"From what we've seen so far, we are seeing a shift in the harvest distribution. We're getting more recruitment in older age-classes, which really is the goal."
Lockwood reports that, based on the preliminary success in these counties, interest in testing similar regulations has been expressed in other parts of the state. But biologists are waiting for final results before considering whether to expand the program.
"It's not something that we at the department are pushing in other areas of the state. If the public doesn't want it, there's not a biological reason to do so. There are two things we have to consider: the biological implications and public sentiment - not necessarily in that order."
"It just looks great right now," he offered. "We had exceptional rainfall this spring; everything is extremely lush. There are some spots that haven't been blessed as much as others, as always, but for the most part I don't think anybody is complaining."
There's not a bad place to deer-hunt in the Hill Country (except maybe downtown Austin), but three central counties historically lead the state harvest. "I think you'll find that those central mineral counties - Mason, Llano and Gillespie - will again be leading the state as far as harvest density, deer harvest per acre, or hunter success. We always average better than 1 deer per hunter."
But, he added, Hill Country landowners are now working toward quality as well as quantity. "We're seeing more and more quality management all the time. They are proving you can produce quality whitetails in the Hill Country with native stock, and that's what we've been advocating. But it's nice to see those people doing everything right, and seeing the results."
Part of that new focus on management is a more proactive approach to antlerless deer harvest, Traweek said. "We've seen a change in attitude for landowners. They are realizing that they can take a lot more female animals than they had in the past and still have plenty of deer available. And if they do everything else right, also see some improvement in quality of habitat.
"I think a good bit of it is more people accepted that antlerless harvest is an important part of any management program. Over the years I've been here, it has changed dramatically in terms of antlerless harvest. There are new resident landowners - turnover - plus a lot of older generation passed on or moved on, and you get some folks in there that are a little more open to management recommendations. And, hopefully, not as dependent on livestock. It's hard to make a living with livestock today, and they realize that wildlife is valuable. There are a lot of different factors, but there's no doubt that there's been a change in attitude."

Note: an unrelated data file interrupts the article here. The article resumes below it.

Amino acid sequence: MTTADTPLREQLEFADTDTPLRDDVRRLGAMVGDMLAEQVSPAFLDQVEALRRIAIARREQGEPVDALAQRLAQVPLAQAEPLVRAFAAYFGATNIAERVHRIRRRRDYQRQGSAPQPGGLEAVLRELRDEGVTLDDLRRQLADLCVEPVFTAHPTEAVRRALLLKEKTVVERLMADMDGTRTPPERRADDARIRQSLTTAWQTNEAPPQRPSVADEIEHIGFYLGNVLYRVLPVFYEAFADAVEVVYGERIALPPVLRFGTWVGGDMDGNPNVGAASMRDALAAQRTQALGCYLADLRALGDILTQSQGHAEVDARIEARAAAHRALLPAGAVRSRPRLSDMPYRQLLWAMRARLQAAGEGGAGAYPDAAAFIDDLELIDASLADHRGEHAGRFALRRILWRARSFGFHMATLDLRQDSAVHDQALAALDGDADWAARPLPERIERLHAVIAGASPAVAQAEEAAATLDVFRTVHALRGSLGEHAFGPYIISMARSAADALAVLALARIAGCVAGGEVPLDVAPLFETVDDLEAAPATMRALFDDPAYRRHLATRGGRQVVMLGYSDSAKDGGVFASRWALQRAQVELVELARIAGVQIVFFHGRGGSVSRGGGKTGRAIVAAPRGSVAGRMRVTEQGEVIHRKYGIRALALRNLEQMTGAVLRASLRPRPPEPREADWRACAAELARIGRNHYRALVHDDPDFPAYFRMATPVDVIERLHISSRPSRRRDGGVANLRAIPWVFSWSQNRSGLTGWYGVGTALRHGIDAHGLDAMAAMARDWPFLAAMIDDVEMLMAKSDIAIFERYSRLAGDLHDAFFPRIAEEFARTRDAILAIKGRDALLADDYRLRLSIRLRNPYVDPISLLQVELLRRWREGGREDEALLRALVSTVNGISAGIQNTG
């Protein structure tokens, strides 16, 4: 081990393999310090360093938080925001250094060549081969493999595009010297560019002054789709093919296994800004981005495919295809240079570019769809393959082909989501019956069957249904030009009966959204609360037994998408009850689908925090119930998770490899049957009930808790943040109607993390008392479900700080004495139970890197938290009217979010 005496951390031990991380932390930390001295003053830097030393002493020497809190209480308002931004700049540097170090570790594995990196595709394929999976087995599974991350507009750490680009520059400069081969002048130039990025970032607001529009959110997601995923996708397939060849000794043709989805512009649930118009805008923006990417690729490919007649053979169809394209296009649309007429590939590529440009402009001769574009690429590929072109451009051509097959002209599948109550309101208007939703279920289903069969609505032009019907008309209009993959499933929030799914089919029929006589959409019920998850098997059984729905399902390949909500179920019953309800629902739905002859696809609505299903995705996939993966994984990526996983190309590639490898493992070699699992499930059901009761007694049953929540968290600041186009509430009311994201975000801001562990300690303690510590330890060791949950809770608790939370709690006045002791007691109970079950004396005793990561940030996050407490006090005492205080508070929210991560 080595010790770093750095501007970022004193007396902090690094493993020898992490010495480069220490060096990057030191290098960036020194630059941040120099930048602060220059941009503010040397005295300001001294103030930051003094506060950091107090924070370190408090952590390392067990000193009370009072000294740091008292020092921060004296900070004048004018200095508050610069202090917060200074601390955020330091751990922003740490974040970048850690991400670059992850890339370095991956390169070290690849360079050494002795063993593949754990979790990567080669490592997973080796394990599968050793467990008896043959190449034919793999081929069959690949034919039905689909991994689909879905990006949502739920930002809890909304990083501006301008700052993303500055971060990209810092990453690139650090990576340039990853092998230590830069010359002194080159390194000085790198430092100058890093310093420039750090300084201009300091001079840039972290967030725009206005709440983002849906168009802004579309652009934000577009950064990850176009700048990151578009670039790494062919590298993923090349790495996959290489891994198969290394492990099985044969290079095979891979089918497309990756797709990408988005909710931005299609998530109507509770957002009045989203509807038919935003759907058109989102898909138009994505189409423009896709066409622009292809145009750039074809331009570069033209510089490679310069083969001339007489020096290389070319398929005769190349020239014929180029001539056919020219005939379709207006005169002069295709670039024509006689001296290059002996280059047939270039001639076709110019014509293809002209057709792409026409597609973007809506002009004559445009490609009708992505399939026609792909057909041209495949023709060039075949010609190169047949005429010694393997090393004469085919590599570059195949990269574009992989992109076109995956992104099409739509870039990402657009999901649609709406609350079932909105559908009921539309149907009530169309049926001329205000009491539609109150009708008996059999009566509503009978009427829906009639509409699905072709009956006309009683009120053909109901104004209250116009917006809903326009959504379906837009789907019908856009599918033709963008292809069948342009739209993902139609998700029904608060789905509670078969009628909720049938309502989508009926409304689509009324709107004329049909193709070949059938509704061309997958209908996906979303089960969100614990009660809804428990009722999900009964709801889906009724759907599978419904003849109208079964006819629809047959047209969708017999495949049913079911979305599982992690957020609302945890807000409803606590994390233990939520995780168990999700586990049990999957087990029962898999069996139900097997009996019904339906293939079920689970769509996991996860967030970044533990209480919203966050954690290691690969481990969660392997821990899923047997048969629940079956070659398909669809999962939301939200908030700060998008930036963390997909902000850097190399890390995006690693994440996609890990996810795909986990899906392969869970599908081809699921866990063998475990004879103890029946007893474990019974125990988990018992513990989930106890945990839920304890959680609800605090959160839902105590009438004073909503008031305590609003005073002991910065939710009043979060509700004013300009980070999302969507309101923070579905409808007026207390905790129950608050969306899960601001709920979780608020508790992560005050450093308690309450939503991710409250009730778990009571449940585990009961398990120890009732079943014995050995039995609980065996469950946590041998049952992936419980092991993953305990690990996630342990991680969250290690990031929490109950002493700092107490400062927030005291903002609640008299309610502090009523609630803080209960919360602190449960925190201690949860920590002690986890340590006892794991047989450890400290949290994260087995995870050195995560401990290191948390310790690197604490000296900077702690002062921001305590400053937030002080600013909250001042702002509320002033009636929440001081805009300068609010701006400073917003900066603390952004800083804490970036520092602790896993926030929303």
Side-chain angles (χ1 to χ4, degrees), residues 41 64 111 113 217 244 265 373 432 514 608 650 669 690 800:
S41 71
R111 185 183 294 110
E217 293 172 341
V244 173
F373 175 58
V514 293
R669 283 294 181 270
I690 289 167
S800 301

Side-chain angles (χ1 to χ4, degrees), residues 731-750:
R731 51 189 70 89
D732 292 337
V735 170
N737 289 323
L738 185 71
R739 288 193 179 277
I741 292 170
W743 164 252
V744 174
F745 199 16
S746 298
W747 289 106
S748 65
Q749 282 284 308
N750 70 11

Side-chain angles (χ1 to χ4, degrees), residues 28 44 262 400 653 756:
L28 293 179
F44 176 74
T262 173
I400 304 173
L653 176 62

In Traweek's view, 2004 should exceed last year's excellent season in the Hill Country. "I would expect, as far as antler quality, the bucks got an excellent start on antler development. In that regard, expect to see some improvement, and a little better antler quality."
"Last winter we had a pretty poor acorn crop," he explained, "and deer didn't have a lot of food going into the season, but we had a pretty light winter, with moderate temperatures and lot of winter wheat. So they still hit spring (2004) in moderate good shape."
"We didn't kill very many deer (in 2003), and the harvest on older deer went down, while the harvest on 1 1/2-year-old deer went up. They started going nocturnal last year. With no acorn crop, the deer should have been hitting the feeders, and they did - but it was all at night. We've got no clue whether it was hunting pressure or weather or what. It was one of those seasons where you almost hated to go hunting!
"The killing of 2 1/2-year-old deer was low," Calkins continued, "and we'll carry over a lot of those deer to this year. We will have opportunity for a good harvest. There will be a lot of old-age-class bucks there.
"Right now we are sitting in fantastic shape. Our browse is growing like crazy; we've had a lot of rain. We have high hunting pressure - that's one of the problems we run into with the harvest of 1 1/2-year-old deer. But we can sustain that pressure, because 95 percent of hunters don't have 1/10th of an acre of visibility, so it's easy for deer to move around and not be seen. We can carry numbers of hunters, so long as they use common sense with harvest."
This fall Pineywoods hunters in Cherokee, Houston, Gregg and Rusk counties and Post Oak deerslayers in Grimes, Madison, Brazos and Robertson counties will get more doe days on Thanksgiving weekend.
Historically, the East Texas counties with highest harvest rates are Angelina, Trinity, Tyler, Jasper and Polk. More liberal bag limits, with two bucks and two does, help make that possible.
The northeastern corner of the state also offers prime deer hunting country. "Marion, Harrison, Panola and Cass counties are covered up with deer, but have less doe harvest opportunity, which affects their total harvest," Calkins said. "Our public land is primarily in the southern part of the Pineywoods. The big national forests provide the majority of our public hunting lands."
Some of these areas include the chance to harvest whopper deer, he said. Alazan Bayou WMA, between Lufkin and Nacogdoches, is an archery-only hunting area that provides a chance at some big bucks.
"Actually between the public hunting lands, and some of the public lands that are archery-only, there are some fantastic deer. You've got a good shot at a nice deer on public land. There is also some open national forest, where you can take some fantastic deer.
"We do have the chance for a good season, if the deer don't do whatever it was they did last year, we have the makings here for a really bang-up hunting season. With the age carryover and good spring conditions, the makings are there."